Jim showed an image of a mirror through a Rounchigrame grid (I think) showing the pattern of lines.

He described how a Dob works and said the sliding surfaces used bumpy Formica sheets and Teflon/PTFE pads which give a good slide without friction.

He explained that the modern Dobs were much squatter than the earlier models. The scope was open sided to reduce weight but they need a shroud to cut out glare if there are nearby lights.

He explained the design of the rocker box and we saw a pic of his set-up in his garden to establish the actual focal length and establish the length of his truss poles. He ended up with eight to improve the rigidity.

He uses a Red Dot finder.

His initial design used bungee cords to prevent the scope from falling over, but these got replaced by a rather neat spring system.

His structure is made of wood which works fine but will cause a problem if it goes to Australia as they do not allow wood to be imported.

He showed sketches of his new project which is a Schmitt Cassegraine and then a 24inch Dob. (He is struggling with a 20inch at present!).

Andrew introduced MikeB for his talk:

Recognizing The Night Skies

Mike by saying that due to the Earth´s spinning the sky appears to rotate each 24 hours and it also changes with the seasons. He took us quickly through how this works.

He also explained what sidereal time was. Briefly sidereal time is a time scale that is based on Earth´s rate of rotation measured relative to the fixed stars rather than the Sun.

Polaris is almost at the celestial pole and is a major help in orientating the sky.

He loaded Stellarium and set it to show the sky rotating and the constellations moving.

He explained that we can find stuff by using a system similar to latitude and longitude called RA and Dec. He said that RA was in fact time and Dec was the angle from the Equator.

We often use the term ‘object’ in astronomy - this is anything in the sky.

He mentioned star catalogues of which there are several: The Messier has 110 objects, Caldwell has 109, NGC has 8000 and IC has 4000 in addition to NGC.

There are 88 constellations and they do not look like their names.

Mike said it was important to learn the sky. He found a simple Planisphere very useful and there are many sky programmes available - including Stellarium - which is free. He used to just pick a constellation and study it - what was in it? He found the Phillips Night Sky Atlas to be very good and the Cambridge Star Atlas.

He gave a demo on his tablet which was connecting to our projector via Bluetooth so he could hold the tablet up to the ceiling and on the screen was what the tablet was ‘seeing’.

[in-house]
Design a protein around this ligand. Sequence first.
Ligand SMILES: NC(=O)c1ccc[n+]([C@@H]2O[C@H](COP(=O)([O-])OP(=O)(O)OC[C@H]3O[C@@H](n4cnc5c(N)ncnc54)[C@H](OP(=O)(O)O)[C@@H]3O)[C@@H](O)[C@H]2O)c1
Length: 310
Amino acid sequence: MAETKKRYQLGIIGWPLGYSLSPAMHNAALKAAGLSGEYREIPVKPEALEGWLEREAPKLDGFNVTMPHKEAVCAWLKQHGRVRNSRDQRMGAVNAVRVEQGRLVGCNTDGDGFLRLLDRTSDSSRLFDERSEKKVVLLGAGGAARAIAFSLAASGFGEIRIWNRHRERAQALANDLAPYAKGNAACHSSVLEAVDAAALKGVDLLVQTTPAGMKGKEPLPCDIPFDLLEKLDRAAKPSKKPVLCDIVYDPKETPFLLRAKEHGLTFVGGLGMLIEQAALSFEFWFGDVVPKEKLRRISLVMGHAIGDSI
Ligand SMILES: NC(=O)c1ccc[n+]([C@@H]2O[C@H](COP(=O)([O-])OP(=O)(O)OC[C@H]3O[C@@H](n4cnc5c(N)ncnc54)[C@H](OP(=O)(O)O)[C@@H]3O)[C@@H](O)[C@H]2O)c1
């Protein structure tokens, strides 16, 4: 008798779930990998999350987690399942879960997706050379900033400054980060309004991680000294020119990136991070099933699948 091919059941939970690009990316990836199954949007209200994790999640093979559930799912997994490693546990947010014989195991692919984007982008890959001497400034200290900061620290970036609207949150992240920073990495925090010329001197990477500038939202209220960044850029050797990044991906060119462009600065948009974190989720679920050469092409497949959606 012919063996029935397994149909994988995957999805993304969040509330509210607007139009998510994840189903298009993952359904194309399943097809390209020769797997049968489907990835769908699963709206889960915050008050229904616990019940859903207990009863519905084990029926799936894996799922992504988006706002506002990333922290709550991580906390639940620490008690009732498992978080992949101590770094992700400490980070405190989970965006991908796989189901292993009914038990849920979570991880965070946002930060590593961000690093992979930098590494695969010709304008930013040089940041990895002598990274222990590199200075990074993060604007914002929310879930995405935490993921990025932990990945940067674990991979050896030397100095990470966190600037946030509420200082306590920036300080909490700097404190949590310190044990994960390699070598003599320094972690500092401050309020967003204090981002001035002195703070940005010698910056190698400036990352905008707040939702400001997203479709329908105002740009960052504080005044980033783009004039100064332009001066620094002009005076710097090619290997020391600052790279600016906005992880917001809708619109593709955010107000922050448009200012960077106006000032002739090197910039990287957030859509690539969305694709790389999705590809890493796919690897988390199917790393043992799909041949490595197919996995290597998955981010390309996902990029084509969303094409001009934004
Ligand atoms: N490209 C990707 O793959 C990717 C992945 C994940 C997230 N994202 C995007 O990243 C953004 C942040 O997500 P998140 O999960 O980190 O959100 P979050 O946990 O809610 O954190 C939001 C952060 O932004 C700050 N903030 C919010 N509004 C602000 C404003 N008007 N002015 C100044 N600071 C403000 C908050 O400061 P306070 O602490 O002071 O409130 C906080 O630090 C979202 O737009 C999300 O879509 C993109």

He described in principle how imaging was done with the aid of an iOptron Sky Tracker. It is a device that can carry a camera and follow the sky. An AstroTrac will do similar.

He mentioned that red dot finders were a great aid to pointing the scope correctly.

He said that getting the focus correct was hard so he suggested using the Moon or Venus to set focus was good. He also said The Bahtinov mask is a device used to focus small astronomical telescopes accurately. It was invented by Russian amateur astrophotographer Pavel Bahtinov in 2005.

He gave us some nice images of stuff he has done including star trails, ISS, meteor showers, Milky Way, Earthshine, North American and Pelican Nebulae, Orion´s belt plus M42, Barnard´s Loop, Flame and Horsehead Nebulae, Heart and Soul Nebulae, M41, M31 and M13.

Wonderful - If that was a ‘Frantic-Fill-In’ we should have them more often.

15th March 2017

Barrie said he was raising money for a charity and had a box of stuff for all to consider.

Ed was having a clear out and had a miscellany of mainly computer stuff including a colour printer and loads of recordable CDs, books etc. and it was all free.

Andrew said we were having a: Stikfest

Jim was up first with IC1396A the Elephant´s Trunk nebula is a concentration of interstellar gas and dust. We saw a stunning image of the nebula which is 3 - 4 moons across. The two bright stars, close together, are causing a shock wave. This was the result of 20hours of imaging as it´s very faint.

Then he had a nice crescent image of Venus. As Venus is an inferior planet, inside our orbit, it always shows a phase. It is currently getting closer, in line of sight, to the Sun and we will shortly be treated to the phenomena that it will be both an evening ‘star’ and a morning one at the same time. Jim finished with a single channel image of 1396.

Peter had an image of Comet 21P - Giacobini-Zinner it is a periodic comet with a circular orbit at Jupiter-like distance. It has variable brightness. Peter said he had imaged it over 3 months - on 19th August it was very faint but by 22nd it was much brighter. It is thought that this is caused by an outburst of material from within which results in the brightness increasing.

Peter explained that he uses a system that compares the brightness of known stars nearby to that of the comet and judges the subject object from them.

Jack had some stuff on his phone that a bunch of clever folk were needed to get the phone to communicate with the laptop. Which despite their doubts they managed to do!

He began with images of the 10.4 m (34 ft) Great Canary Telescope, dedicated 24 July 2009. Both general views and from within and explained what we were looking at. He also had a video that involved turning the phone he had connected to our projector to show it, being held on its side to get the picture the right way up!

He also had pics of the Meridian line at Stratford. He said if you wanted your picture taken there it was a much better bet than Greenwich where you had to pay for the privilege. However it should be noted that the actual meridian is not there anymore it is actually 102 meters to the East! But it´s still history.

Jack also had a pic of a set of Brandon eyepieces that he considered buying at AstroFest. We also saw a pic of a ‘dead’ lamppost (lying on its side) - I failed to record why! And he showed a pic of a Celestron 130 scope complete that was at the Rayleigh community tip! He finished with some images of Einstein´s papers collection.

Interesting and different.